The iconic Pointe-Claire windmill, the city’s civic symbol, was badly damaged during last Friday’s storm which left nearly a million Hydro-Quebec customers across the province without electricity over the weekend.
Two of the windmill’s four wooden blades were snapped by high winds and now lie at the foot of the stone building, built in 1709.
Roof shingles from the adjacent convent were also strewn across the property that sits next to the shores of Lake St. Louis.
Although the 310-year-old windmill and former convent are on property of St-Joachim Parish, the la Pointe area has heritage protection.
Pointe-Claire’s municipal website said the windmill, which was officially declared a cultural property in 1982, “is one of the last remnants of the shore settlement of the Island of Montreal. An iconic symbol of la pointe Claire, it is a figurehead of the city’s heritage, especially with the “Croix des Missions”, which has stood at its current location since 1900.”
The La pointe Claire heritage site was recognized by the City of Pointe-Claire in 2013. In March of this year, the city tabled a 50-page conservation plan “to guide the site’s protection and enhancement.”
In an email to West Island Gazette, the city noted the windmill belongs to the Fonds d’Entraide de l’Archevêque pour les paroisses de l’Archidiocèse de Montréal.
“The city has contacted them to find out what they plan to do,” said city spokesperson Marie-Pier Paquette-Séguin on Monday afternoon. “As we write this email, we are still waiting for a reply from them.
“Also, the city is still interested in acquiring the windmill, which, according to our municipal regulations, is part of the La pointe Claire heritage site,” she added.
But Andrew Swidzinski of the Pointe-Claire Heritage Preservation Society said the city should be doing more to prevent the signature windmill from decaying or falling prey to the elements.
“It needs major work on an urgent basis,” said Swidzinski, who pointed out that portions of the broken windmill blades were already rotted and the building’s masonry is crumbling in places.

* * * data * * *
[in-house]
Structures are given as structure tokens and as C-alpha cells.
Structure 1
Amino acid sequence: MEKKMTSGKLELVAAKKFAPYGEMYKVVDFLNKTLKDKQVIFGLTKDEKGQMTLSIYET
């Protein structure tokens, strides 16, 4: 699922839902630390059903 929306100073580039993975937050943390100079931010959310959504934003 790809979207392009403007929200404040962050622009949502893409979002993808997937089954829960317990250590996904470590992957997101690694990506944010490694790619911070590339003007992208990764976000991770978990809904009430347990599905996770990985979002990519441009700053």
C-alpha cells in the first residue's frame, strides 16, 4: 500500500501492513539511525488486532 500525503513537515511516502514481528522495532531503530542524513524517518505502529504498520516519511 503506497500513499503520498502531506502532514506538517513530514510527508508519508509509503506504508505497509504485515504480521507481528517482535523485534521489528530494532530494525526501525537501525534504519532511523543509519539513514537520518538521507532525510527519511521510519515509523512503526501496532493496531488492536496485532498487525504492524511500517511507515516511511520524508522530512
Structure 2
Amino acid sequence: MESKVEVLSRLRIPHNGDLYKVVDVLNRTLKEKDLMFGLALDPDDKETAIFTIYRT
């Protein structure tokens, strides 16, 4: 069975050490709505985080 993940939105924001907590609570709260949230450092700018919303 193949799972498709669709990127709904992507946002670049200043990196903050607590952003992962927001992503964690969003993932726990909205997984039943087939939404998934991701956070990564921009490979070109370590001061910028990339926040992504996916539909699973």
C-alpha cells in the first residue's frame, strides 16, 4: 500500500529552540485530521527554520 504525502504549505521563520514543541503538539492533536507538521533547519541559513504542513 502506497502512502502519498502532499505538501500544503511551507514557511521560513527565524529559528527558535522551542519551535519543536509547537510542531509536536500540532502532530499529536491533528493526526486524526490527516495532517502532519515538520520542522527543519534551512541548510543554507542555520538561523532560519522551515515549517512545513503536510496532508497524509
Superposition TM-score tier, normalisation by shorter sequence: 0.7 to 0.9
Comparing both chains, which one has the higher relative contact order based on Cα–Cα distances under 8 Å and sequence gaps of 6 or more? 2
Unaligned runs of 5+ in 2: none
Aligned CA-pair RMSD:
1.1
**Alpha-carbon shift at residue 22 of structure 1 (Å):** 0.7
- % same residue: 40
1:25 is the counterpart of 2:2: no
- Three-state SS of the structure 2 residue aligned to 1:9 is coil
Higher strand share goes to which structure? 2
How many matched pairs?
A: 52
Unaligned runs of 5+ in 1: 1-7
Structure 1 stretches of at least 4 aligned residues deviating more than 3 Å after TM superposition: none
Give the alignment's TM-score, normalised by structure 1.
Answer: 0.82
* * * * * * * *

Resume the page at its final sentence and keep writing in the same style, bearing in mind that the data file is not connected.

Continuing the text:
“It’s classified as a protected heritage building by the Ministry of Culture. So there are certain requirements for the owner to maintain and preserve it and not allow it to decay significantly. The position we’ve always taken at the heritage society is that the city should be prepared to subsidize its maintenance and restoration.”
Swidzinski said it’s a shame that the civic symbol of Pointe-Claire is now in need of major structural repairs.
“It shows there’s a mixed sense of priorities( by the city). Not only have they spent probably millions of dollars posting this windmill logo all over city buildings, trucks, the water tower – my understanding is they even copyrighted the image of it so that candidates who tried to put it on their pamphlets on the last election were forbidden from doing so – yet they are not willing to invest any funds at all in trying to maintain or restore it.
“As we’ve seen with the Pioneer, we have a situation that in order to facilitate the construction of luxury condos the city is willing to do road work and bury electrical wires that go into the million of dollars, yet they are not willing to make a much smaller investment to restore the windmill.”
Swidzinzki said there are programs that allow subsidies to owners for the upkeep of their protected buildings, but he added, “that’s never been considered in this instance by the city.”
“And in the past, they refused any potential intervention on that file. They might not be able to buy it from the Catholic Diocese or the church, but they could certainly come up with a (type of) lease agreement where they could just lease it from the Diocese or the church and they’d be in a position to do the repair that needs to be done.”
He said the heritage society first recommended repair work on the windmill some 20 years ago. ”The wood was already in the process of rotting because the blade and trunk was already like that,” he said.
Officials from the St-Joachim Church could not be reached for comment.